How about one more practical exercise to reflect upon: I call it Fills and Drains. Just draw a line down the middle of a paper and put “Fills” at the top of the left column and “Drains” at the top of the right column. Now list what things at work give you energy, make you smile, give you joy and satisfaction. Then list the things that suck the life out of you, that cause you discouragement and anger, and make it a bad day. Try to get ten things in each column. What you must do with Fills is get them into your calendar more often to keep yourself buoyant, and what you must do with Drains is to make action plans to address them, set up boundaries against them, or just change your attitude and accept them.
I could go on, and I do recommend taking at least one self-assessment every year, but sometimes it’s just communicating the little things about yourself to your team. For instance, how do you best like to receive feedback? Which communication methods do you respond to most quickly? How do you build relationships? What are your pet peeves? What time of day do you not want problems presented to you? What information do you need to know? What is your favorite beverage? (OK, that one was self-serving!)
Self-awareness is the number one skill of CEOs that make $50 million or more. That’s saying something. When we aren’t self-aware, we are like an accident waiting for an intersection. We aren’t noticing the wake we are leaving behind our boat. And our people suffer. But all these assessments will help you embrace who you are and could culminate with writing your own personal mission statement, a phrase that is your “personal brand” (what you are known for) and a filter for the decisions you make in life so that you say YES to what is in line with your vision and NO to what is only sideways energy.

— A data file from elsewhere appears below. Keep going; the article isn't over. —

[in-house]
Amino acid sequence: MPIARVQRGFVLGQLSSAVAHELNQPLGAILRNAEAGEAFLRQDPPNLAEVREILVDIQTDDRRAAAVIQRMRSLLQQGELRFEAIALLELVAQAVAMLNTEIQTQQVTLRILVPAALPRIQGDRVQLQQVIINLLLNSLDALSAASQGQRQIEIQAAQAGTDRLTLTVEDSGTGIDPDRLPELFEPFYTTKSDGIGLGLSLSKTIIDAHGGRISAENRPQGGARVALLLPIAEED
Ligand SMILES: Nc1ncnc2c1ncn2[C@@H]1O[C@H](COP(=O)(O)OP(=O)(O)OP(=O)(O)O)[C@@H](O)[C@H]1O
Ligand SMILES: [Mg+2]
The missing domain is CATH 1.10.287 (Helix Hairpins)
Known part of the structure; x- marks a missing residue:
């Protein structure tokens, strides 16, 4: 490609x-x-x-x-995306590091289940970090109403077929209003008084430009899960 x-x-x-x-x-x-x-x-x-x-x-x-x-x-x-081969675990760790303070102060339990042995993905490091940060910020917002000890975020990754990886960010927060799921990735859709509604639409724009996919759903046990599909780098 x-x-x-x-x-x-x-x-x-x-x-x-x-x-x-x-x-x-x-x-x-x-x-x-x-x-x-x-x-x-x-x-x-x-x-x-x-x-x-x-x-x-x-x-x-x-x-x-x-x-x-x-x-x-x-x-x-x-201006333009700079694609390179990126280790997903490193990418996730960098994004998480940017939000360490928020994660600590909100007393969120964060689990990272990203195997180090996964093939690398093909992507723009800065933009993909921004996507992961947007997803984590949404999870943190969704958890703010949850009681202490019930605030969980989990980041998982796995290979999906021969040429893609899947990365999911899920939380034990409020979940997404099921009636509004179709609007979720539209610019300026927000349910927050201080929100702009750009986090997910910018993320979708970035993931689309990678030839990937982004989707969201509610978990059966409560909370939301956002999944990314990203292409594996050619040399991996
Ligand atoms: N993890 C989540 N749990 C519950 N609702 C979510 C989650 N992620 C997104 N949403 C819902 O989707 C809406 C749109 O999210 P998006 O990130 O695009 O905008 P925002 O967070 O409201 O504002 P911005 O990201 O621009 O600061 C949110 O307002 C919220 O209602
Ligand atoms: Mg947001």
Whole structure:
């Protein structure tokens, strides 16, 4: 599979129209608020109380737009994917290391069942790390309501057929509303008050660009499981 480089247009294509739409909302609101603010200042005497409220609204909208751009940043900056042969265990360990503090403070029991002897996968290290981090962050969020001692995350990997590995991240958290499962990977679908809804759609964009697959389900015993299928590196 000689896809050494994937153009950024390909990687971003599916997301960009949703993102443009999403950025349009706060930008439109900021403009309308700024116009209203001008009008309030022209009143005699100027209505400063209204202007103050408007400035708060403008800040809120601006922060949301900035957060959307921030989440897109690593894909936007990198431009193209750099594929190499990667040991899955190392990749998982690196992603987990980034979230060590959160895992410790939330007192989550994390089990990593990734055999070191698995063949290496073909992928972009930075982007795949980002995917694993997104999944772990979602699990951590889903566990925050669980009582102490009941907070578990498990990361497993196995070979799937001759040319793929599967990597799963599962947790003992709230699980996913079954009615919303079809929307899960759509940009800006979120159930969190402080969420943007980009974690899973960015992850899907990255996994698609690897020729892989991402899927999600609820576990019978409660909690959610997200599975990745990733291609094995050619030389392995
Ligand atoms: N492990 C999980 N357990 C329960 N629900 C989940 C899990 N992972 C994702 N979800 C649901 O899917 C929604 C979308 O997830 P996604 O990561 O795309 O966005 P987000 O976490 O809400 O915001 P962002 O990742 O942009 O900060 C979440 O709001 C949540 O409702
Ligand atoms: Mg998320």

Once you know your personal leadership profile, you have to manage yourself every day—often the hardest person to lead in your organization. Powerful leaders have emotional awareness about their own life throughout the day. They are known for their authenticity and self-discipline. You see, even though you now have gotten reacquainted with who you are, there is a lot of the world around you who have opposite profiles as you or blends that have some similarities and some differences. In your role, you have to be a quick study of people and learn to custom-treat them in order to get them to listen to your leadership and to buy-in to your plans. When you are tempted to explode (or the opposite, become passive-aggressive) because someone is doing life differently than you would, you step back and manage your emotions, considering a different approach.
You can’t control much in life, but I do know you can control at least four things: Your attitude, your work ethic, your maturity, and your priorities. No one deserves a bad attitude from you. You must work harder than your most industrious employee. You must choose to “adult” every day and not behave like a child. And you must manage your time judiciously so that your life and business vision gets your focus.
You can teach what you know, but you will reproduce what you are—and attract and repel certain types of people to your business based on your style. Effective leaders take the time to reconnect with who they are and what they stand for, and then make choices each day to authentically and consistently live it out in front of their team.
Let me come alongside you as you lead your team through these exercises. I can customize team-building retreats that could bring your team closer together in unity, by understanding how each other are wired. Reach out at firstname.lastname@example.org